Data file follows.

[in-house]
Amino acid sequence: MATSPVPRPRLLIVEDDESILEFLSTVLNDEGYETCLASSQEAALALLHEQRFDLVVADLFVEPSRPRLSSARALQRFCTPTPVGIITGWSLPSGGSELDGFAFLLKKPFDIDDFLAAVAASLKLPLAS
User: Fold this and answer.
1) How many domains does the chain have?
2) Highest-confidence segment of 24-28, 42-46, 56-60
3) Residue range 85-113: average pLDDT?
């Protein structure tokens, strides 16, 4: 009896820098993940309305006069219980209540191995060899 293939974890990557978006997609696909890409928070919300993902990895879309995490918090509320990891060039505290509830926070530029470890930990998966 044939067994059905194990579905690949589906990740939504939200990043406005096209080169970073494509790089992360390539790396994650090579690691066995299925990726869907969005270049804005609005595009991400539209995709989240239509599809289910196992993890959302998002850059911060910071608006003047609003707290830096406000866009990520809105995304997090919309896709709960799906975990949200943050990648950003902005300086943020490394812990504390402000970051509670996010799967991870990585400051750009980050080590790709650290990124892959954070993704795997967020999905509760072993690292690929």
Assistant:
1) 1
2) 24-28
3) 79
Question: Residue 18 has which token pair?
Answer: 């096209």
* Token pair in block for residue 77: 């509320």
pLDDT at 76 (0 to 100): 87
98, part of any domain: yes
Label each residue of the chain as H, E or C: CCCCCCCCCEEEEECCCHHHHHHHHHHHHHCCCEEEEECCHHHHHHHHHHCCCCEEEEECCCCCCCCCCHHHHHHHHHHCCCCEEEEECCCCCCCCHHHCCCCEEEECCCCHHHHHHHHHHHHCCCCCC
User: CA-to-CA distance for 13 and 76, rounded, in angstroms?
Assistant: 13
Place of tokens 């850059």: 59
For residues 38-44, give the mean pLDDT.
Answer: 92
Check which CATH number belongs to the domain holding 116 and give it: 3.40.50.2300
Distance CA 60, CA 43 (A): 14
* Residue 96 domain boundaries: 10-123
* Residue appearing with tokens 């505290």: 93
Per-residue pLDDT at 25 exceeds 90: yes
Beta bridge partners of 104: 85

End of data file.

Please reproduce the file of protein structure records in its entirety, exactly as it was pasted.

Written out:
[in-house]
Amino acid sequence: MATSPVPRPRLLIVEDDESILEFLSTVLNDEGYETCLASSQEAALALLHEQRFDLVVADLFVEPSRPRLSSARALQRFCTPTPVGIITGWSLPSGGSELDGFAFLLKKPFDIDDFLAAVAASLKLPLAS
User: Fold this and answer.
1) How many domains does the chain have?
2) Highest-confidence segment of 24-28, 42-46, 56-60
3) Residue range 85-113: average pLDDT?
């Protein structure tokens, strides 16, 4: 009896820098993940309305006069219980209540191995060899 293939974890990557978006997609696909890409928070919300993902990895879309995490918090509320990891060039505290509830926070530029470890930990998966 044939067994059905194990579905690949589906990740939504939200990043406005096209080169970073494509790089992360390539790396994650090579690691066995299925990726869907969005270049804005609005595009991400539209995709989240239509599809289910196992993890959302998002850059911060910071608006003047609003707290830096406000866009990520809105995304997090919309896709709960799906975990949200943050990648950003902005300086943020490394812990504390402000970051509670996010799967991870990585400051750009980050080590790709650290990124892959954070993704795997967020999905509760072993690292690929």
Assistant:
1) 1
2) 24-28
3) 79
Question: Residue 18 has which token pair?
Answer: 């096209």
* Token pair in block for residue 77: 């509320």
pLDDT at 76 (0 to 100): 87
98, part of any domain: yes
Label each residue of the chain as H, E or C: CCCCCCCCCEEEEECCCHHHHHHHHHHHHHCCCEEEEECCHHHHHHHHHHCCCCEEEEECCCCCCCCCCHHHHHHHHHHCCCCEEEEECCCCCCCCHHHCCCCEEEECCCCHHHHHHHHHHHHCCCCCC
User: CA-to-CA distance for 13 and 76, rounded, in angstroms?
Assistant: 13
Place of tokens 């850059």: 59
For residues 38-44, give the mean pLDDT.
Answer: 92
Check which CATH number belongs to the domain holding 116 and give it: 3.40.50.2300
Distance CA 60, CA 43 (A): 14
* Residue 96 domain boundaries: 10-123
* Residue appearing with tokens 């505290």: 93
Per-residue pLDDT at 25 exceeds 90: yes
Beta bridge partners of 104: 85